We can see from this point that the situation is likely to get worse, and we understand that we must prepare ourselves for the serious hardships ahead, but looking into the innocent Watson’s sweet face, it kills us as these awful events pacingly occur. And it just gets worse and worse.

In one of the most degrading scenes (although von Trier plays it with a subtle hint of dark comedy), Bess slips onto a bus and sits at the back next to an elderly gentlement. Without saying a word, she slips her hand into his pants and masturbates him. No one else notices, and neither of them say anything. Bess later recalls this and other similar events to Jan, who listens avidly but is increasingly convinced that what he’s doing is wrong.

That’s about as much I think I should give away about the plot. It’s a typical Von Trier movie, with the dreariness and sadness and woe, the conflicted reviews and strange attitudes given by critics, and there will be praise and there will be hatred, but what separates Breaking the Waves from all other Von Trier films is the brightness in the ending. A person fairly exprienced with his movies would know that his endings are usually depressing, and annoyingly sadistic, but here… here we’re free. There is happiness in it–certainly not a lot–but still, happiness. It seemed to be a departure for Trier, however, considering the lack of happiness in the endings of his subsequent films, but we’ll always have this to remember him by when he goes.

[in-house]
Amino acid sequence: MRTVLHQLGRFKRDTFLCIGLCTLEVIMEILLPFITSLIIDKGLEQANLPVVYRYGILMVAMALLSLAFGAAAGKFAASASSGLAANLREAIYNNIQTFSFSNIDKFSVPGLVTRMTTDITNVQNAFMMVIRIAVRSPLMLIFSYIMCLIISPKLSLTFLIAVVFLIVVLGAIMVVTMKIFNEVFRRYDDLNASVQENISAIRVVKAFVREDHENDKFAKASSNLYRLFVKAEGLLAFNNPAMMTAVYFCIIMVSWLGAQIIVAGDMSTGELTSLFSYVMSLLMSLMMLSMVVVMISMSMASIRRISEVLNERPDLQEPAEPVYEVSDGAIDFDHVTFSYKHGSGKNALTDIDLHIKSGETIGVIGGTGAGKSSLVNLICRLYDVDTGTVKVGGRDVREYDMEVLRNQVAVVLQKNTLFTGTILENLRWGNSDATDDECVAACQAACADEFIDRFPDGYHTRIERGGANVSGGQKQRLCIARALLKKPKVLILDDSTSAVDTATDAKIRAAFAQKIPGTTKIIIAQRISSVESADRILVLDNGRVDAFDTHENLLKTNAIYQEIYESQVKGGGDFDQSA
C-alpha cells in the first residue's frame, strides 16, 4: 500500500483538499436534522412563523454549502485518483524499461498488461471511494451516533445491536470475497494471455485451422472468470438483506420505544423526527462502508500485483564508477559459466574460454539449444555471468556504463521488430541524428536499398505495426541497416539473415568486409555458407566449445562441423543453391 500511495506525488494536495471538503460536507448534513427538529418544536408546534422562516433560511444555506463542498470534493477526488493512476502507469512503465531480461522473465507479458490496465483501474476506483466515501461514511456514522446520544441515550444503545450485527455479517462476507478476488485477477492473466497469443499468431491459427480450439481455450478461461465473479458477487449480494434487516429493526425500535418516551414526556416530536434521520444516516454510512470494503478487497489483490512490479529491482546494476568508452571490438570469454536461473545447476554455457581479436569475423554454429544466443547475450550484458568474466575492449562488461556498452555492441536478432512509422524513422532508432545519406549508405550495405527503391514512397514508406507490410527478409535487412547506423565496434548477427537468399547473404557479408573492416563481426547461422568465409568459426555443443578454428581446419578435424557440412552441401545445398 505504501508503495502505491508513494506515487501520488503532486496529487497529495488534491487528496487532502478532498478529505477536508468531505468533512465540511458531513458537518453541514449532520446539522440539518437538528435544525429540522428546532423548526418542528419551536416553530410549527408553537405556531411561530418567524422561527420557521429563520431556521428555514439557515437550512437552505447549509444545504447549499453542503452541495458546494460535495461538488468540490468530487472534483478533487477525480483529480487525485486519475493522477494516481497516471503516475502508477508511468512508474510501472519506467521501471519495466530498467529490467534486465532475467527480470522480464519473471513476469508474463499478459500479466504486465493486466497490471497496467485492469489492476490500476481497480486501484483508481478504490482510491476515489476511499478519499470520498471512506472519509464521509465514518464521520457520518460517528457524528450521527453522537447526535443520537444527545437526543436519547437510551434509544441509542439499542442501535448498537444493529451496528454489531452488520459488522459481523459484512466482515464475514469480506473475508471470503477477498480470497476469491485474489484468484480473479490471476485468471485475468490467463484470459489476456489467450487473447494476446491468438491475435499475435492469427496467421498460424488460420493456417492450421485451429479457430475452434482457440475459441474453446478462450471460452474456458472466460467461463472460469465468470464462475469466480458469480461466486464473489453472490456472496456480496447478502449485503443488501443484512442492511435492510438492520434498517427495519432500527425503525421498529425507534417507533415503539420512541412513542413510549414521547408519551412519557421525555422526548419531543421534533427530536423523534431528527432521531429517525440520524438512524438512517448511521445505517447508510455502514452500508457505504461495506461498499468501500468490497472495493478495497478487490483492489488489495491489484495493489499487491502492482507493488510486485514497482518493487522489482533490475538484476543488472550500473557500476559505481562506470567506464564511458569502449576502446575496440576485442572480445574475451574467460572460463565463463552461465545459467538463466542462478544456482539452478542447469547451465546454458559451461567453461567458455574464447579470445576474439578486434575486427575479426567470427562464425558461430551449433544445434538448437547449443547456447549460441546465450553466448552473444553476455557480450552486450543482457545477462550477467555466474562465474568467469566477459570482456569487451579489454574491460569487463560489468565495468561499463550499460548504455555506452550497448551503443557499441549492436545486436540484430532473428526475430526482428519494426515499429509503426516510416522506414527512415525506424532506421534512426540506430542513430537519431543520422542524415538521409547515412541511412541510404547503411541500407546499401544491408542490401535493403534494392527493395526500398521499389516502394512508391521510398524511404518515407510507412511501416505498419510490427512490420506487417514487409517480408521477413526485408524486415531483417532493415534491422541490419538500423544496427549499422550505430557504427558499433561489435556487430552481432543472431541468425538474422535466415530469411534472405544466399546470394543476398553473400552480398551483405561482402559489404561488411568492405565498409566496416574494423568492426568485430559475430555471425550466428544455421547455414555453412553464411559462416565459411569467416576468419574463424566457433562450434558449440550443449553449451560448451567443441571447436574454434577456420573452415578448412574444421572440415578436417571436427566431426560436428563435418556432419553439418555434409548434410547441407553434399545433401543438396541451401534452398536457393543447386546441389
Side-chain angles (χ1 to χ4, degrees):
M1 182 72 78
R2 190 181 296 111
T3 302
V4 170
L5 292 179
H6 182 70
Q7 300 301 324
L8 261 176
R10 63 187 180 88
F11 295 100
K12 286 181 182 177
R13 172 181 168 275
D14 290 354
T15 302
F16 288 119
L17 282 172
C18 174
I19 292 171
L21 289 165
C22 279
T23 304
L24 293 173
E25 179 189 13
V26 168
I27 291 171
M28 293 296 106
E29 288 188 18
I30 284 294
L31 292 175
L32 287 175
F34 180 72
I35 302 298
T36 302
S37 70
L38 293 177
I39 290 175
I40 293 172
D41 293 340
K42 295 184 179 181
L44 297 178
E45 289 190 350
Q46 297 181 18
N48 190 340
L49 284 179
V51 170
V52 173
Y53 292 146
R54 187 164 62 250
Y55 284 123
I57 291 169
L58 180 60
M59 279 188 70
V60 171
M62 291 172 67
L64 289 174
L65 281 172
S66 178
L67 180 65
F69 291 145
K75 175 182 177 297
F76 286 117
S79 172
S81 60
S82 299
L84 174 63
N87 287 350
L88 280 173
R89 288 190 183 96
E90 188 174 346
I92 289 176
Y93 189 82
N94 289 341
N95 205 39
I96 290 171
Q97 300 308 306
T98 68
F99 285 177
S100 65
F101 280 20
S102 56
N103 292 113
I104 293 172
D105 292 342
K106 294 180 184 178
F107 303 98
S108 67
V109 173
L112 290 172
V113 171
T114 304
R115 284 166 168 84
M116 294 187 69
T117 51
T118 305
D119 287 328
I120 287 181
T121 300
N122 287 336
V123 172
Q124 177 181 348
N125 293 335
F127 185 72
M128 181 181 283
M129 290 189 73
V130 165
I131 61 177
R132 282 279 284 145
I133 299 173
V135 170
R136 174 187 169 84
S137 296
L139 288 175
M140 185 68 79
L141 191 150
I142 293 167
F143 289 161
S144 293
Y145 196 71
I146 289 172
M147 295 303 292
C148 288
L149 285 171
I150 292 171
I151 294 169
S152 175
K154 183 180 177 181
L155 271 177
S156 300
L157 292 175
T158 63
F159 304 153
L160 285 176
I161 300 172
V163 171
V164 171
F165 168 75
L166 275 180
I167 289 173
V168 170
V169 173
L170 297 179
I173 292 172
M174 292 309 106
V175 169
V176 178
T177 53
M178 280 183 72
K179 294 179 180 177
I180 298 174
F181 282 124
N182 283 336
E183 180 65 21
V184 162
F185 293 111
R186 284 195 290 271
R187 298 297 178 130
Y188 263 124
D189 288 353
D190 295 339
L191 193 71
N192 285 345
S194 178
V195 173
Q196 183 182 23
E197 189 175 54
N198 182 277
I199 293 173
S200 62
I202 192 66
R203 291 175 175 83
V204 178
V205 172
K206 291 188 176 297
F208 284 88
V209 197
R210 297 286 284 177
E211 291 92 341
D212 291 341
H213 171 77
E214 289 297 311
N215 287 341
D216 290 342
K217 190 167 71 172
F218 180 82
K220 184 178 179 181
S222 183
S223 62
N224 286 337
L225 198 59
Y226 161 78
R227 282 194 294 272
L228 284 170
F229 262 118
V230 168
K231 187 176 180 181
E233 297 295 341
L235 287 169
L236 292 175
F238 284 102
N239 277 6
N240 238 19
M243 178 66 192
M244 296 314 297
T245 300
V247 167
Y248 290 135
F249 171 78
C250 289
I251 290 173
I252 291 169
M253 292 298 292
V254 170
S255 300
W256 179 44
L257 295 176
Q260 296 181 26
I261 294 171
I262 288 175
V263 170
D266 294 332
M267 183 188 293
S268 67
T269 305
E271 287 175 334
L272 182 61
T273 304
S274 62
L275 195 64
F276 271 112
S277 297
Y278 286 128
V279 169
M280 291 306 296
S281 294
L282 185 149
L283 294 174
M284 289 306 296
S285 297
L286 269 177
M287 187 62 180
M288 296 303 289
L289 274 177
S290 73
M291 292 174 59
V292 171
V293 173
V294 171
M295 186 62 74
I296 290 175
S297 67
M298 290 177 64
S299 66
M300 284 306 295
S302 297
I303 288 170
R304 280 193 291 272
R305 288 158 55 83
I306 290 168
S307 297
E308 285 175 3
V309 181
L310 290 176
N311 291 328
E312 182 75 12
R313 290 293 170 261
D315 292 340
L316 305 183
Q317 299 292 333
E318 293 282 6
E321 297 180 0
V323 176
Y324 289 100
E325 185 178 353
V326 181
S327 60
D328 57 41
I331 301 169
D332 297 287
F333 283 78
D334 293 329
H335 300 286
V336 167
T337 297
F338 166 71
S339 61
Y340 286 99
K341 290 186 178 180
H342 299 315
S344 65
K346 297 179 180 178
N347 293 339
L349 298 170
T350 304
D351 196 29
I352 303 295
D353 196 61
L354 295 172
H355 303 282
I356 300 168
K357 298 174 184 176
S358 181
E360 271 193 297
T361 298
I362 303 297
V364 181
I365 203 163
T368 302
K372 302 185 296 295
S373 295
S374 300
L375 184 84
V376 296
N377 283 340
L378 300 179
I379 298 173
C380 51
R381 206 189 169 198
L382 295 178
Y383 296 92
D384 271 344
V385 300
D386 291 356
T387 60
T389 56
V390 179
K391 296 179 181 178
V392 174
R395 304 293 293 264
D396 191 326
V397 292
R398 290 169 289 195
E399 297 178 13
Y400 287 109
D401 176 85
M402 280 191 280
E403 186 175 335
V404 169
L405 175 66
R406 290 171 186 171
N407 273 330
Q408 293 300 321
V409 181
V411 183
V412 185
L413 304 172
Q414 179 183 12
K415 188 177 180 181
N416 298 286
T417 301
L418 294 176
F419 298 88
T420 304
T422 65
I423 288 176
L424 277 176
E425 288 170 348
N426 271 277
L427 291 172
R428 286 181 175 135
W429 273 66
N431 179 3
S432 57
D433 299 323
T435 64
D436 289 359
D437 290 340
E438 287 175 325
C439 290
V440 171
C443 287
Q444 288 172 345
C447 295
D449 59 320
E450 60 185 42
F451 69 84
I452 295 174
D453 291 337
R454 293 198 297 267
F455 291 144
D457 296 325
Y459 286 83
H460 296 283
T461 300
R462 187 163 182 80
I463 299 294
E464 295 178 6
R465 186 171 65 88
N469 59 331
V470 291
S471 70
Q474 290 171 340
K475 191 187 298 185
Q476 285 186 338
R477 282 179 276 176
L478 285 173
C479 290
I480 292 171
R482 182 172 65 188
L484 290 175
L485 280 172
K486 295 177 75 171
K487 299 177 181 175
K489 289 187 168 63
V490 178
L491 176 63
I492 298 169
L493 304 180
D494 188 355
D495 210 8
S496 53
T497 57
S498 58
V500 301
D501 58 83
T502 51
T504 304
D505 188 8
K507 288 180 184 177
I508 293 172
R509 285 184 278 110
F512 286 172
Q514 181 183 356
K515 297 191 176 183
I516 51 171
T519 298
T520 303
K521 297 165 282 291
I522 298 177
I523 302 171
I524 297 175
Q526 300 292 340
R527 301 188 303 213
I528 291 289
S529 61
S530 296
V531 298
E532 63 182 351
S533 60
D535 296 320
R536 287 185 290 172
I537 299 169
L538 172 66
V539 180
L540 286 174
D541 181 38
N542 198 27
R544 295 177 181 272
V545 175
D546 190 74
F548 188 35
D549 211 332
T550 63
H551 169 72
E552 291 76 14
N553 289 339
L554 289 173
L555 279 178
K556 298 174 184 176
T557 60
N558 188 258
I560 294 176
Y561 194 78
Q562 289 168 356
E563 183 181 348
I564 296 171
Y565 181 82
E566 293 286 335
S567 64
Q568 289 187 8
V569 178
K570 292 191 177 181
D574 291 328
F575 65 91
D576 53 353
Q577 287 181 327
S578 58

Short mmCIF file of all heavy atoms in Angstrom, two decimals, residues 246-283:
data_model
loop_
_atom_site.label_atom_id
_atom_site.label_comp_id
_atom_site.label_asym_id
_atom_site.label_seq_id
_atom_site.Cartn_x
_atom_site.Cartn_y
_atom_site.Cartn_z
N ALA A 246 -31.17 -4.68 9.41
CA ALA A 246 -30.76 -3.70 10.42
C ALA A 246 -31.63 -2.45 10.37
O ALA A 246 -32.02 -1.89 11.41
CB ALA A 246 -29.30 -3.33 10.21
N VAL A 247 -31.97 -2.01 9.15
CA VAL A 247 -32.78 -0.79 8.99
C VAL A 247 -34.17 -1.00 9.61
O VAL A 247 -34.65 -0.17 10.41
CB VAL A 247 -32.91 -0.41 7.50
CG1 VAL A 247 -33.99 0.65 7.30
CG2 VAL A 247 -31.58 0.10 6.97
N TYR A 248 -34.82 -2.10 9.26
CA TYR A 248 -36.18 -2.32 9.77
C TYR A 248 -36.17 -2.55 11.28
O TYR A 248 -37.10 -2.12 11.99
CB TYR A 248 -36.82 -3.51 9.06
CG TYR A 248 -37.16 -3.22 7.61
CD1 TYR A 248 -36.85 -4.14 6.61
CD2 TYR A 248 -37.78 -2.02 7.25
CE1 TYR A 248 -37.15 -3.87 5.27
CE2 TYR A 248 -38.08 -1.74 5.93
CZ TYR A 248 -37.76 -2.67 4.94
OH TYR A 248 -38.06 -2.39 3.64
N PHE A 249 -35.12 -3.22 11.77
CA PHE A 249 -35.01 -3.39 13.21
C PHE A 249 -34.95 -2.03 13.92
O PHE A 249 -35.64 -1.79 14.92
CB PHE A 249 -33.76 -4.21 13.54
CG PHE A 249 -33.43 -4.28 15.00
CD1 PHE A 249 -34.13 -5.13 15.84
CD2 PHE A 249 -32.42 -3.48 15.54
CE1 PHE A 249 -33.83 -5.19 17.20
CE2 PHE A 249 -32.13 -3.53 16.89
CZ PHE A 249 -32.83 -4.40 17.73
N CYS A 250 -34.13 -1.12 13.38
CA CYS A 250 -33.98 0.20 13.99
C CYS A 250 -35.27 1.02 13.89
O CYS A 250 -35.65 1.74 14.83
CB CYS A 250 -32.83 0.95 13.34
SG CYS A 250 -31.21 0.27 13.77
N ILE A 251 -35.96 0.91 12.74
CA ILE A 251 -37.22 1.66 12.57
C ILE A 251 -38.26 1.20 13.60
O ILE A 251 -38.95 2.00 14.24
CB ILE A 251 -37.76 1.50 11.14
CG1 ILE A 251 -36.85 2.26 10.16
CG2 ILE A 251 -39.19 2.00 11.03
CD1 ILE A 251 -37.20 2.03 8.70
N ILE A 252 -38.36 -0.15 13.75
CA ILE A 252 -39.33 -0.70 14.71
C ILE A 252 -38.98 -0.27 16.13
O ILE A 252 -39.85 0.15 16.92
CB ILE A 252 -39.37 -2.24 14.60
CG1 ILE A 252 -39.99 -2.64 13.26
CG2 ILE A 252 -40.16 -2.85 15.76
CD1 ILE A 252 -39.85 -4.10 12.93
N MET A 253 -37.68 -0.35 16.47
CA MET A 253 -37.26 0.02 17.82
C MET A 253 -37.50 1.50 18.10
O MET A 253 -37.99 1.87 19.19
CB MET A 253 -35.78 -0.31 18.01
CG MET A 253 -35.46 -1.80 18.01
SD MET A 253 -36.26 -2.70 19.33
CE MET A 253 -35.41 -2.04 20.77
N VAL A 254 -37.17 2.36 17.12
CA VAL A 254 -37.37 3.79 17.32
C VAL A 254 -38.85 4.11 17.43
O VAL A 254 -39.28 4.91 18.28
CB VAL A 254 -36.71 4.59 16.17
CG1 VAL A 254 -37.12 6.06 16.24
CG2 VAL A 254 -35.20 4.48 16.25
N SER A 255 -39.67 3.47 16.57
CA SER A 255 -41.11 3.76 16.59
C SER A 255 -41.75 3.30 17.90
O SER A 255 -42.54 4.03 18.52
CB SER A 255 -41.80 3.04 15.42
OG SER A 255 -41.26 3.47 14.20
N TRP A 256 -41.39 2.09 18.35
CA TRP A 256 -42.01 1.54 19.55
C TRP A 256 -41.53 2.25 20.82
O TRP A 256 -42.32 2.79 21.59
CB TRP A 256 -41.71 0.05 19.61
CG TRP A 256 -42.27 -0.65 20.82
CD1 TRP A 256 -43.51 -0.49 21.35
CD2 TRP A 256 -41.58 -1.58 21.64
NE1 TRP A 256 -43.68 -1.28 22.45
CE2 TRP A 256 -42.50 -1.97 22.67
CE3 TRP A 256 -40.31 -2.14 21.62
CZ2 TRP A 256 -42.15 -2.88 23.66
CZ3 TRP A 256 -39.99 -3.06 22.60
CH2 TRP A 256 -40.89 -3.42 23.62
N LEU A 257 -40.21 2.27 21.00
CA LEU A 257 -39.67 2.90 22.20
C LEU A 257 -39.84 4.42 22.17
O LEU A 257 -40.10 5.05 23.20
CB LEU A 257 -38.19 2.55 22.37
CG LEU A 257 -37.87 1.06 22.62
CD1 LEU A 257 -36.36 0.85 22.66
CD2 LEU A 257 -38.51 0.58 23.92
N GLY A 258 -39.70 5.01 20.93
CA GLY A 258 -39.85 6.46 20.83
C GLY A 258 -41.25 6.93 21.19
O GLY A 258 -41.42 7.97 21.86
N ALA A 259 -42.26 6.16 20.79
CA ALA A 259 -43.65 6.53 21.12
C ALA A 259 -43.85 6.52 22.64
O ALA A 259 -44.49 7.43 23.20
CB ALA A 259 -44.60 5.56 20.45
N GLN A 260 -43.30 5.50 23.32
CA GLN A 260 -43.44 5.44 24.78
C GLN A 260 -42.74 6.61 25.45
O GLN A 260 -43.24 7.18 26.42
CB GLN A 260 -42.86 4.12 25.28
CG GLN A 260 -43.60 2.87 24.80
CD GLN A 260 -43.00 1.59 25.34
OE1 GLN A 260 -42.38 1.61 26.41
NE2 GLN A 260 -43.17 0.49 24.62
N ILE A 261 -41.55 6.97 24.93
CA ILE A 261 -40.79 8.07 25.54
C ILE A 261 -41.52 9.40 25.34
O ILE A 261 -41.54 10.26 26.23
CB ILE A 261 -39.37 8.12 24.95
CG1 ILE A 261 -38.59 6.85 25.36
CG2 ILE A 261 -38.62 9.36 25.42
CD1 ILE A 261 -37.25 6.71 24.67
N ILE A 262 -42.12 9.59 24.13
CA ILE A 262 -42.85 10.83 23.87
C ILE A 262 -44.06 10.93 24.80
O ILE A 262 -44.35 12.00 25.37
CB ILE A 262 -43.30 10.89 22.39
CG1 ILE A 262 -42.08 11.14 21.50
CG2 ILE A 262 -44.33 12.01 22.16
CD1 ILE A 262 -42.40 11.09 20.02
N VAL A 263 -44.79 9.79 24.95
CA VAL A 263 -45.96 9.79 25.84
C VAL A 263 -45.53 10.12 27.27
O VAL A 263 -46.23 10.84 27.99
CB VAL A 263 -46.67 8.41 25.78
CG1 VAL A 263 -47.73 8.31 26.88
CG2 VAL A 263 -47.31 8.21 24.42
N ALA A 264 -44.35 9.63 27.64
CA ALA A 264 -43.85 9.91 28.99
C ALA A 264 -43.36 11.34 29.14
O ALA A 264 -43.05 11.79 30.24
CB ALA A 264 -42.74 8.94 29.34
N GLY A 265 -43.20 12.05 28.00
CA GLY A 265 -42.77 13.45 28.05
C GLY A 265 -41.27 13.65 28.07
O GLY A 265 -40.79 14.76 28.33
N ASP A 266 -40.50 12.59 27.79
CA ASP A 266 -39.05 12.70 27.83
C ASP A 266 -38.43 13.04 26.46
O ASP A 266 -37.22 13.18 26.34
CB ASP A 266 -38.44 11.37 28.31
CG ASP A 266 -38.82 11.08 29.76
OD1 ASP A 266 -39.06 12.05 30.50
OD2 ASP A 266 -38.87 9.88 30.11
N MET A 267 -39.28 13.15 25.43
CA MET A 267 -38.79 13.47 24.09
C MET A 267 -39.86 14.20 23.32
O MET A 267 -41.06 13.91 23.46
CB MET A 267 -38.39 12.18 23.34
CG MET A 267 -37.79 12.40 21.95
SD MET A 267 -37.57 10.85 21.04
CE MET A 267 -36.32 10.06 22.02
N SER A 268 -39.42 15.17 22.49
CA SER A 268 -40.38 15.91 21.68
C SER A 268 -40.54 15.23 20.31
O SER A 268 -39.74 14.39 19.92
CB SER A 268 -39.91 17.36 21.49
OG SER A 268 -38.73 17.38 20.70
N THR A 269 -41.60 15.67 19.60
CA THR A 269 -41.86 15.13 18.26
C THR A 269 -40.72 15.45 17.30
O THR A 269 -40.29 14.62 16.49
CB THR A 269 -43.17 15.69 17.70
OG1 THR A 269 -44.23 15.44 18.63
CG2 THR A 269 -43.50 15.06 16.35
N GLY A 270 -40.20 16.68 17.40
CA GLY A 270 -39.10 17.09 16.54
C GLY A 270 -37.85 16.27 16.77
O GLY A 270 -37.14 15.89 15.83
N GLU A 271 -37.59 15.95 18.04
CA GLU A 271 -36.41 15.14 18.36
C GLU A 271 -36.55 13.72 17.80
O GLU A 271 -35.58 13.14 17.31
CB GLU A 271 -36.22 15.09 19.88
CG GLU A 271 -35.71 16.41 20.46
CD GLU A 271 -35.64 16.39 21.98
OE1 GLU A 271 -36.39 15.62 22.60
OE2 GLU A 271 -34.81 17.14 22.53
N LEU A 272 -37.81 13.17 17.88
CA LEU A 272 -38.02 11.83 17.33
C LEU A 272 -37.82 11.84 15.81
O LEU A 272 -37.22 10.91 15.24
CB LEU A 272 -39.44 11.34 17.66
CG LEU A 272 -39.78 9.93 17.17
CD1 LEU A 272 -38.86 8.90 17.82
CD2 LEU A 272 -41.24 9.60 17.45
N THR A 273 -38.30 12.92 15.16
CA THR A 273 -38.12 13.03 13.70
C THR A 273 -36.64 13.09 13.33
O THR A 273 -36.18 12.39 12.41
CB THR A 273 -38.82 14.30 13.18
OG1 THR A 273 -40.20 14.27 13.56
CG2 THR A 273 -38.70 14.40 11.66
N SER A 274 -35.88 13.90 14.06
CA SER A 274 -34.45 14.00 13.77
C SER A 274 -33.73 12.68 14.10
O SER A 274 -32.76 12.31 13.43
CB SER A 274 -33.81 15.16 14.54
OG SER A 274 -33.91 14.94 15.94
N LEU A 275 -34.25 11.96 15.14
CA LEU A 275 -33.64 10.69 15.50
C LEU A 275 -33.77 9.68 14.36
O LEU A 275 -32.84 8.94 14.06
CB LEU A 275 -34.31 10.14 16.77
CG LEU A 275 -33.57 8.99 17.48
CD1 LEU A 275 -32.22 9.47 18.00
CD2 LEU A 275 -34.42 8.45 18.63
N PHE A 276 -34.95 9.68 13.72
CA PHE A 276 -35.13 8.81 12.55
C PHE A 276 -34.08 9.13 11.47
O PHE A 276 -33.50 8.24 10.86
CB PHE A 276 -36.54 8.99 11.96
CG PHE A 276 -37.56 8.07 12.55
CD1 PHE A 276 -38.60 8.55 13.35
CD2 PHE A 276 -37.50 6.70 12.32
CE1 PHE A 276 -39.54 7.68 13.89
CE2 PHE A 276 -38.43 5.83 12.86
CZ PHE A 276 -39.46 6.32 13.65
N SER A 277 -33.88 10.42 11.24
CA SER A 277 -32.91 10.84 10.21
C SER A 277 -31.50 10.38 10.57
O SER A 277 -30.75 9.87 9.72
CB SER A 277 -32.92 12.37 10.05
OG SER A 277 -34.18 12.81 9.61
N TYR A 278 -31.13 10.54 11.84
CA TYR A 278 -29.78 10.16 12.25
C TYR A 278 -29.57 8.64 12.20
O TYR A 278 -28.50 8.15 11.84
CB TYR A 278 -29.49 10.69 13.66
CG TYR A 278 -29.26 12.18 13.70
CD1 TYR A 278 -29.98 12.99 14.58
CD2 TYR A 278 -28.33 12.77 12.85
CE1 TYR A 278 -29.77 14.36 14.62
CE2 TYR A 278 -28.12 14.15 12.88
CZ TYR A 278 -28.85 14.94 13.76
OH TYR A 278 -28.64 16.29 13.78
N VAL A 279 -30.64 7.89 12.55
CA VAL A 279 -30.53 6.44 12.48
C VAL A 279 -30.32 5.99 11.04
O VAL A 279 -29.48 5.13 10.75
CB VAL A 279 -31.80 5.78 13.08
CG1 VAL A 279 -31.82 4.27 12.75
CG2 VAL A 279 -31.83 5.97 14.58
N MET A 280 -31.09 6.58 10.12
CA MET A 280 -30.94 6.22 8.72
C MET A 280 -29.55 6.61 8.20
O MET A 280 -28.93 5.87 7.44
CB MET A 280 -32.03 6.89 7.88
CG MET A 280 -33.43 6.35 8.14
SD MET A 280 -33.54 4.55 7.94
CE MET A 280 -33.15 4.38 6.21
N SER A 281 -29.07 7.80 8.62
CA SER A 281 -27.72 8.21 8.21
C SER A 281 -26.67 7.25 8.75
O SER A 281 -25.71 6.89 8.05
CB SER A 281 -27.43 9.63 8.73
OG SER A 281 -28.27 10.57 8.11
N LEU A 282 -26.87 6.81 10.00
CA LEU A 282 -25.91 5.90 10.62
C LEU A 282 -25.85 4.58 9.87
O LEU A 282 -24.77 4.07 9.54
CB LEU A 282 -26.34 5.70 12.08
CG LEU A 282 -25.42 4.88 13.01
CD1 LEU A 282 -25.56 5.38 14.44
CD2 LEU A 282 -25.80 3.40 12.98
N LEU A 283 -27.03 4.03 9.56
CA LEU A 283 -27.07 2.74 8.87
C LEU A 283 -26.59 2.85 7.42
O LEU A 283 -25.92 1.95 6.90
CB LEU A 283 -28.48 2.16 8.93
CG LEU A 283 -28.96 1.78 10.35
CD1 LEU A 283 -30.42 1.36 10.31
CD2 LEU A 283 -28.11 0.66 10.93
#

My Rating:

4.5/5 Von Trier’s

Is It Worth Adding To Your Netflix Queue?:

About Tyler

Patient observer of all things film and music, from Béla Tarr to Boards of Canada. Foul mouthed and clinging to the edge of sanity.

Posted on June 30, 2011, in Movie Reviews and tagged , , , , , . Bookmark the permalink. 14 Comments.

  1. A stunning film, but I found it really, really upsetting too. I watched it years ago and haven’t plucked up the courage to watch it again. Good review.


    • Thanks. It’s probably the most accessible of Lars Von Trier’s movies but it is tremendously saddening. In a beautiful way.